Robert E. Lee High School in Virginia Renamed to Honor John Lewis

A school in Fairfax County, Virginia, will remove Robert E. Lee from its name and change it to honor the life and legacy of the late Rep. John Lewis.

The Fairfax County School Board voted on Thursday to make the name change official.

“Rep. Lewis was a champion of the Civil Rights movement, and our Board strongly believes this is an appropriate tribute to an individual who is a true American hero,” School Board Chair Ricardy Anderson said in a statement. “We will also honor his life’s work by continuing to promote equity, justice, tolerance and service in the work that we do.”

The initial decision to remove the Confederate general’s name from the school was made in June. Barack Obama, Mildred Loving and Cesar Chavez were among the other names considered.

The decision to rename the school was made in order to address concerns about honoring a leader of the slaveholding society.

“The name Robert E. Lee is forever connected to the Confederacy, and Confederate values are ones that do not align with our community,” Board member Tamara Derenak Kaufax, one of two members who proposed the name change, said after the vote. “Our schools must be places where all students, staff, and members of the community feel safe and supported. I believe that John Lewis’ extraordinary life and advocacy for racial justice will serve as an inspiration to our students and community for generations to come.”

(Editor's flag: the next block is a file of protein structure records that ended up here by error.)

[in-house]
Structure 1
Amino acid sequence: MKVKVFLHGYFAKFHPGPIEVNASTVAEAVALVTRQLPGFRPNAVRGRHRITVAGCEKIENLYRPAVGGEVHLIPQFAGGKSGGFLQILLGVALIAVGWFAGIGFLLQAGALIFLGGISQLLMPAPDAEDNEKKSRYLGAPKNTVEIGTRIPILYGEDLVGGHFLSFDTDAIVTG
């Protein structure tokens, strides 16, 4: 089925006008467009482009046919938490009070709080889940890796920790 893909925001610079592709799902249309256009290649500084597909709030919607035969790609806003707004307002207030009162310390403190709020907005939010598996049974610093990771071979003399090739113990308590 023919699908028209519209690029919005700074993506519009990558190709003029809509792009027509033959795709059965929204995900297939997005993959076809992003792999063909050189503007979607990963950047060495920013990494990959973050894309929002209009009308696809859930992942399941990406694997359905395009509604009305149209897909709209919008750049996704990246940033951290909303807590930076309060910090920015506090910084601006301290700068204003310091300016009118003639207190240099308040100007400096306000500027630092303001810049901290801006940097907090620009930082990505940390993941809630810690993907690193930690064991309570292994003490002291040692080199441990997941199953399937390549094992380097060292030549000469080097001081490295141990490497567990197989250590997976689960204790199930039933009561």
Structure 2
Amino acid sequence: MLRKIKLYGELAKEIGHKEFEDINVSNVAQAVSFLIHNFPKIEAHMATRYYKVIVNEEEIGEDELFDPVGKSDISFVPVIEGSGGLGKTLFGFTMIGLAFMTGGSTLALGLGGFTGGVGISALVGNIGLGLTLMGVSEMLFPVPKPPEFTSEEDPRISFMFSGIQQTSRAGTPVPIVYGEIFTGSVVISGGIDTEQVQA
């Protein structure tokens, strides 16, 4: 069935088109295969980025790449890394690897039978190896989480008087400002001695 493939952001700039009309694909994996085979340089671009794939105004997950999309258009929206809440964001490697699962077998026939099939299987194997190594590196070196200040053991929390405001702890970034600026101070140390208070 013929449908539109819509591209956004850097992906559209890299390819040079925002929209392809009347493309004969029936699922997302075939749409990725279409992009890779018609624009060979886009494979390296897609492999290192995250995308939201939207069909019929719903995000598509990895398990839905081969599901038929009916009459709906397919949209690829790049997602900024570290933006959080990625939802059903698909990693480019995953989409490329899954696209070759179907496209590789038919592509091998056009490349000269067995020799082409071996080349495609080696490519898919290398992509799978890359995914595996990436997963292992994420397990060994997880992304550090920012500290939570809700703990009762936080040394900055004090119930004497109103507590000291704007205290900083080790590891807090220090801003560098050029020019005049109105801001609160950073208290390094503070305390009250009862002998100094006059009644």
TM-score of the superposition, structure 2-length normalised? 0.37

Lewis died on July 17 at the age 80 of pancreatic cancer. He had served in Congress since 1987. Prior to that, Lewis was a civil rights activist who organized for voting rights for people of color.

Lewis helped organize a 1965 march in Selma, Alabama, to bring attention to the denial of voting rights for Black residents. Known as “Bloody Sunday,” state troopers attacked the marchers on the Edmund Pettus Bridge, and Lewis suffered a fractured skull after one trooper beat him with a baton.

Lewis was also a participant at the 1963 March on Washington, and prior was the last surviving individual to have spoken at that event.

Days after Lewis’s death, Democratic leaders in Congress urged Senate Majority Leader Mitch McConnell (R-Kentucky) to honor the late statesman by restoring the Voting Rights Act, with some calling on the bill to be renamed in his honor as well.